Multitool.org Forum
 
Welcome, Guest. Please login or register.
Did you miss your activation email?

Login with username, password and session length
+-

Hello Lurker! Remove this ad and much more by logging in.


Gareth's Sword Collection. 3999

Global Moderator Absolute Zombie Club Posts: 24,527
Re: Gareth's Sword Collection.
« Reply #120 on: November 09, 2020, 02:31:15 AM »
Nice work.  Removal of that paint sure :like: made quite a difference. 

Esse Quam Videri
Global Moderator He Who Has The Most Nuts, Wins! Posts: 52,541
Re: Gareth's Sword Collection.
« Reply #121 on: November 09, 2020, 01:34:51 PM »
Looks much better !    :tu:
Absolutely No Life Club Posts: 8,852
Re: Gareth's Sword Collection.
« Reply #122 on: November 09, 2020, 04:11:21 PM »
Oh they were definitely designed with combat in mind.  Would have seen some use in the second Boer War and, more significantly, the Sudan campaign.  The open veldt of the Boer War wasn't the ideal environment for a sword but the Sudan was much more up close and personal.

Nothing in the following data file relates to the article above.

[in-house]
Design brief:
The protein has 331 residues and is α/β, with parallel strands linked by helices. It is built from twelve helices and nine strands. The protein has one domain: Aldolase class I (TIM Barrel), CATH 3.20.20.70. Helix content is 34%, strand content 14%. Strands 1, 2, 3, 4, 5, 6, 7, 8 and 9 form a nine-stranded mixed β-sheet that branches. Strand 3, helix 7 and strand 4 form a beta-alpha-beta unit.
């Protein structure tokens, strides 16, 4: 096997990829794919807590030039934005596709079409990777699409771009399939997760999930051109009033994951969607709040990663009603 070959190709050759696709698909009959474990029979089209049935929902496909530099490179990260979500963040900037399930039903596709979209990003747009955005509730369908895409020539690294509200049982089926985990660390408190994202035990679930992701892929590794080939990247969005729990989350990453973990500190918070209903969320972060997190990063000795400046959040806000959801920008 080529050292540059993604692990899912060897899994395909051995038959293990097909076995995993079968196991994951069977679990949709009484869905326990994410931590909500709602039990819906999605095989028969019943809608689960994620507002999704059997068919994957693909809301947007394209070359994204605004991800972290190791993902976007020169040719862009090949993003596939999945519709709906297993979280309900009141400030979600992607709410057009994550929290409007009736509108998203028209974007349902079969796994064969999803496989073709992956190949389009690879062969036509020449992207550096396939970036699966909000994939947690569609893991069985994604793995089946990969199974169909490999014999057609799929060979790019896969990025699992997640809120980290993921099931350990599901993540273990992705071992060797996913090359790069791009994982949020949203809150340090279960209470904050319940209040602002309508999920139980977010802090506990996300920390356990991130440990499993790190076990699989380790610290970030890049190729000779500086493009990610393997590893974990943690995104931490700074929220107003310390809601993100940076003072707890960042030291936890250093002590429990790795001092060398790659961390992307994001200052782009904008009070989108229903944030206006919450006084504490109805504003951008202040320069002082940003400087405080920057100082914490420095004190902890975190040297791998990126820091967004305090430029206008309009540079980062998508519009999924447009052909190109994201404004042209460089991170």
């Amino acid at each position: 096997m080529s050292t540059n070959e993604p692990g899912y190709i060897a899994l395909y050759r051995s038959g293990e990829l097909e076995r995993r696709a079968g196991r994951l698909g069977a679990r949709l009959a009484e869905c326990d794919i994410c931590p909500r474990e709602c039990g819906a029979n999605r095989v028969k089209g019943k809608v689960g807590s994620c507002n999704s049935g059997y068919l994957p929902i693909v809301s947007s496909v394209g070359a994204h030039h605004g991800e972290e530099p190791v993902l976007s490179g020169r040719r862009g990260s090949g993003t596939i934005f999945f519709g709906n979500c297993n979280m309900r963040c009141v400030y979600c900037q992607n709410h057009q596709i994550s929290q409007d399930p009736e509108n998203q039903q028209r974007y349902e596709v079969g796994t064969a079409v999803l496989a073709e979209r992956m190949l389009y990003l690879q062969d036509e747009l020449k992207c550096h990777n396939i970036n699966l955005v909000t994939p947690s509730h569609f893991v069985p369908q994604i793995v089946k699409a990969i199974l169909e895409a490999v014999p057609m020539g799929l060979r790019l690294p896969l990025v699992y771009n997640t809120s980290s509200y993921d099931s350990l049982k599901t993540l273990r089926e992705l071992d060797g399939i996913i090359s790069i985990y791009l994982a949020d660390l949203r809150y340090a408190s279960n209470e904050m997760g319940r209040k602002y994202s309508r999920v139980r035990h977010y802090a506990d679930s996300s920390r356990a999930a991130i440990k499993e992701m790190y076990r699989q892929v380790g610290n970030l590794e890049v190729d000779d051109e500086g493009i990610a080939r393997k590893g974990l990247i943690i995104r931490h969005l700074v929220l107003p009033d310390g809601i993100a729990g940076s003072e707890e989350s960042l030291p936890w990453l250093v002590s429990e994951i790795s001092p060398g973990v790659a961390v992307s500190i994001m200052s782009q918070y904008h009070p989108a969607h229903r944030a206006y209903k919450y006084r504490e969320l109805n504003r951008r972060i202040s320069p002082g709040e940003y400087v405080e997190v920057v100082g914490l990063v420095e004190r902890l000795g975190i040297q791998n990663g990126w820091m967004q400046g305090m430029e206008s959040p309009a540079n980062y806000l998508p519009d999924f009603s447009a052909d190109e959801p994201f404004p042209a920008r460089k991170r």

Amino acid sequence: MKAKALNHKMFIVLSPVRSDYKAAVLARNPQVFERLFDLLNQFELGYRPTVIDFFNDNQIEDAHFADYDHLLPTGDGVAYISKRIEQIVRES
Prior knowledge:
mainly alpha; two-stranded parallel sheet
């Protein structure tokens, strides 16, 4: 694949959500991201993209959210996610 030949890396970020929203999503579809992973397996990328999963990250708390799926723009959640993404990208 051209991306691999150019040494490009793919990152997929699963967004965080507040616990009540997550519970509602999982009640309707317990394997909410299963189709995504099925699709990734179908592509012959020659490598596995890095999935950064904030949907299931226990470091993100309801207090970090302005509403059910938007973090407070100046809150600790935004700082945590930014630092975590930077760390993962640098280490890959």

Have you ever read Khartoum by Michael Asher? It's been ages since I have, but I do remember it being an excellent read and hard to put down.



PS. Do you like my bookmark?  :think:


Absolutely No Life Club Posts: 8,852
Re: Gareth's Sword Collection.
« Reply #123 on: November 09, 2020, 04:17:15 PM »
Also Soilder Sahibs by Charles Allen. I know it's a different campaign, but a fantastic book and I remember there's quite a good bit about swords in battle during the Afghan wars... It also explains what a smelly was.  :facepalm:

Admin Team Point Of No Return Posts: 32,928
Re: Gareth's Sword Collection.
« Reply #124 on: November 09, 2020, 07:53:29 PM »